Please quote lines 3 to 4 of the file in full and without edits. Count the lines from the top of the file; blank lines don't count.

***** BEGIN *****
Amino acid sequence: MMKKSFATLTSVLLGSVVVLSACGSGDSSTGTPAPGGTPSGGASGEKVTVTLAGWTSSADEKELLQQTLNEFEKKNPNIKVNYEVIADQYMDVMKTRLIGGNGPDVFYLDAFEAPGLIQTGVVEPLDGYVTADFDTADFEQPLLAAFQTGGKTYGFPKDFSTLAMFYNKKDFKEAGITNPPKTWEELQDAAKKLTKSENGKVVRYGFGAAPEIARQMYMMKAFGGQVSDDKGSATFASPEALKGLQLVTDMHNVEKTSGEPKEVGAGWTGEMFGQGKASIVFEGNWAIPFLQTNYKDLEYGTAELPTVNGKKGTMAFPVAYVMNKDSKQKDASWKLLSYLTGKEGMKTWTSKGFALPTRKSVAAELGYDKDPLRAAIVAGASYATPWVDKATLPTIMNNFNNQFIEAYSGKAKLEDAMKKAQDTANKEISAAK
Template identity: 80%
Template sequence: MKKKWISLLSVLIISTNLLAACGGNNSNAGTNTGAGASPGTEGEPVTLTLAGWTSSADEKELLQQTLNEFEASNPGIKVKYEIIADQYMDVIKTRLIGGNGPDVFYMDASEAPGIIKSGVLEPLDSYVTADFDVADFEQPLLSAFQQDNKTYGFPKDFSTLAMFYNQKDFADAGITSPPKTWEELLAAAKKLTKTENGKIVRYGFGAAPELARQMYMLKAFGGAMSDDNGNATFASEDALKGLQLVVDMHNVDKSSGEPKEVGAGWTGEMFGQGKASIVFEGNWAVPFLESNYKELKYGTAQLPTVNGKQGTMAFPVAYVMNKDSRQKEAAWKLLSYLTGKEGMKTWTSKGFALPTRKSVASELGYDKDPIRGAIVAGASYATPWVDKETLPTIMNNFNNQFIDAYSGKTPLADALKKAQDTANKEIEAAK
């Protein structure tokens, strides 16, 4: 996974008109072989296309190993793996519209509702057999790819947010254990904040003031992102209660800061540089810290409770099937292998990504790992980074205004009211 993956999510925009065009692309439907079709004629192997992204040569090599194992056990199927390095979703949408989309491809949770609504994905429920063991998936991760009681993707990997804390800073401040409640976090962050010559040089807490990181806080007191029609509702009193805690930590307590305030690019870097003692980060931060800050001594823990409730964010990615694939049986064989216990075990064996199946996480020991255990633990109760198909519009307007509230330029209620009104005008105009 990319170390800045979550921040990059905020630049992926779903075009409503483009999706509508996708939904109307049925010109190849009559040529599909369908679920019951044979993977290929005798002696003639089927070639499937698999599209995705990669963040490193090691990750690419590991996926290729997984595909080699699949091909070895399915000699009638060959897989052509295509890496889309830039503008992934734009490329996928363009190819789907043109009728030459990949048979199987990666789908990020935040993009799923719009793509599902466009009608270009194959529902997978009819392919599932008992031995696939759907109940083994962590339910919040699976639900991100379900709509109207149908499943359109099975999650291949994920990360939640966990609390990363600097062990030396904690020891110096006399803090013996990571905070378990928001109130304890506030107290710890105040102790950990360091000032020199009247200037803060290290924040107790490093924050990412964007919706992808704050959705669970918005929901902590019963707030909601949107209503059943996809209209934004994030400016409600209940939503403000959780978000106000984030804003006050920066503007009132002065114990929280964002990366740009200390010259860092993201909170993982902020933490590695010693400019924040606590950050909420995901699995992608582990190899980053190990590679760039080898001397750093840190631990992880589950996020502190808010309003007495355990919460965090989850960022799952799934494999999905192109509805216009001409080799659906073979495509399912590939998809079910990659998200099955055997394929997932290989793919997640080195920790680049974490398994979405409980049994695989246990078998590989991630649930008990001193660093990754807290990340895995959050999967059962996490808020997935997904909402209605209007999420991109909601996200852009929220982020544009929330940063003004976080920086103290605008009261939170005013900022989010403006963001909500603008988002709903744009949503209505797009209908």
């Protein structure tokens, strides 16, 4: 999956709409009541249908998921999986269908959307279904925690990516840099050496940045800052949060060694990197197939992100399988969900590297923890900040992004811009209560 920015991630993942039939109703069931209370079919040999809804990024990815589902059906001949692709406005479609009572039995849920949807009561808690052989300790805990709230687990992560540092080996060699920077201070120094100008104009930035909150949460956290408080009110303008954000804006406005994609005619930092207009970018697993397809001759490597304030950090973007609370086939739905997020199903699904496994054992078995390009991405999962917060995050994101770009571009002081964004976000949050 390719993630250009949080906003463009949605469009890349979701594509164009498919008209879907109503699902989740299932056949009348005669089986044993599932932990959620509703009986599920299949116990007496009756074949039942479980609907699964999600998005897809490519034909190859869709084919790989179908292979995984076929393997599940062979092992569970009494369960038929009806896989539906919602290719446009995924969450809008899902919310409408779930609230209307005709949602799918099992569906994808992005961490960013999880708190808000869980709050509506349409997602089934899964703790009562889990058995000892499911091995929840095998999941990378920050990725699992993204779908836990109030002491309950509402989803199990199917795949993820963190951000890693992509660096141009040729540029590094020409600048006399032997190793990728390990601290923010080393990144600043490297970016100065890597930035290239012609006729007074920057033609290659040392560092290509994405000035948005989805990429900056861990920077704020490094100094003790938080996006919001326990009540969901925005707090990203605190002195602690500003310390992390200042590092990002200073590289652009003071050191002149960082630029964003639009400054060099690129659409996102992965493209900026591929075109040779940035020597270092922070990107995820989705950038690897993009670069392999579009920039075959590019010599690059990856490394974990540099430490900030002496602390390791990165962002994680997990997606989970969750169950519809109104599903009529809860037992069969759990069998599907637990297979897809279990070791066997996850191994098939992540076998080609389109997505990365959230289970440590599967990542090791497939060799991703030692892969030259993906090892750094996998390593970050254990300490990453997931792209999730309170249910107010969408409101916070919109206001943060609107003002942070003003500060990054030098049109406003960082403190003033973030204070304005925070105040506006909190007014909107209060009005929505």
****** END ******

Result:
Template sequence: MKKKWISLLSVLIISTNLLAACGGNNSNAGTNTGAGASPGTEGEPVTLTLAGWTSSADEKELLQQTLNEFEASNPGIKVKYEIIADQYMDVIKTRLIGGNGPDVFYMDASEAPGIIKSGVLEPLDSYVTADFDVADFEQPLLSAFQQDNKTYGFPKDFSTLAMFYNQKDFADAGITSPPKTWEELLAAAKKLTKTENGKIVRYGFGAAPELARQMYMLKAFGGAMSDDNGNATFASEDALKGLQLVVDMHNVDKSSGEPKEVGAGWTGEMFGQGKASIVFEGNWAVPFLESNYKELKYGTAQLPTVNGKQGTMAFPVAYVMNKDSRQKEAAWKLLSYLTGKEGMKTWTSKGFALPTRKSVASELGYDKDPIRGAIVAGASYATPWVDKETLPTIMNNFNNQFIDAYSGKTPLADALKKAQDTANKEIEAAK
């Protein structure tokens, strides 16, 4: 996974008109072989296309190993793996519209509702057999790819947010254990904040003031992102209660800061540089810290409770099937292998990504790992980074205004009211 993956999510925009065009692309439907079709004629192997992204040569090599194992056990199927390095979703949408989309491809949770609504994905429920063991998936991760009681993707990997804390800073401040409640976090962050010559040089807490990181806080007191029609509702009193805690930590307590305030690019870097003692980060931060800050001594823990409730964010990615694939049986064989216990075990064996199946996480020991255990633990109760198909519009307007509230330029209620009104005008105009 990319170390800045979550921040990059905020630049992926779903075009409503483009999706509508996708939904109307049925010109190849009559040529599909369908679920019951044979993977290929005798002696003639089927070639499937698999599209995705990669963040490193090691990750690419590991996926290729997984595909080699699949091909070895399915000699009638060959897989052509295509890496889309830039503008992934734009490329996928363009190819789907043109009728030459990949048979199987990666789908990020935040993009799923719009793509599902466009009608270009194959529902997978009819392919599932008992031995696939759907109940083994962590339910919040699976639900991100379900709509109207149908499943359109099975999650291949994920990360939640966990609390990363600097062990030396904690020891110096006399803090013996990571905070378990928001109130304890506030107290710890105040102790950990360091000032020199009247200037803060290290924040107790490093924050990412964007919706992808704050959705669970918005929901902590019963707030909601949107209503059943996809209209934004994030400016409600209940939503403000959780978000106000984030804003006050920066503007009132002065114990929280964002990366740009200390010259860092993201909170993982902020933490590695010693400019924040606590950050909420995901699995992608582990190899980053190990590679760039080898001397750093840190631990992880589950996020502190808010309003007495355990919460965090989850960022799952799934494999999905192109509805216009001409080799659906073979495509399912590939998809079910990659998200099955055997394929997932290989793919997640080195920790680049974490398994979405409980049994695989246990078998590989991630649930008990001193660093990754807290990340895995959050999967059962996490808020997935997904909402209605209007999420991109909601996200852009929220982020544009929330940063003004976080920086103290605008009261939170005013900022989010403006963001909500603008988002709903744009949503209505797009209908």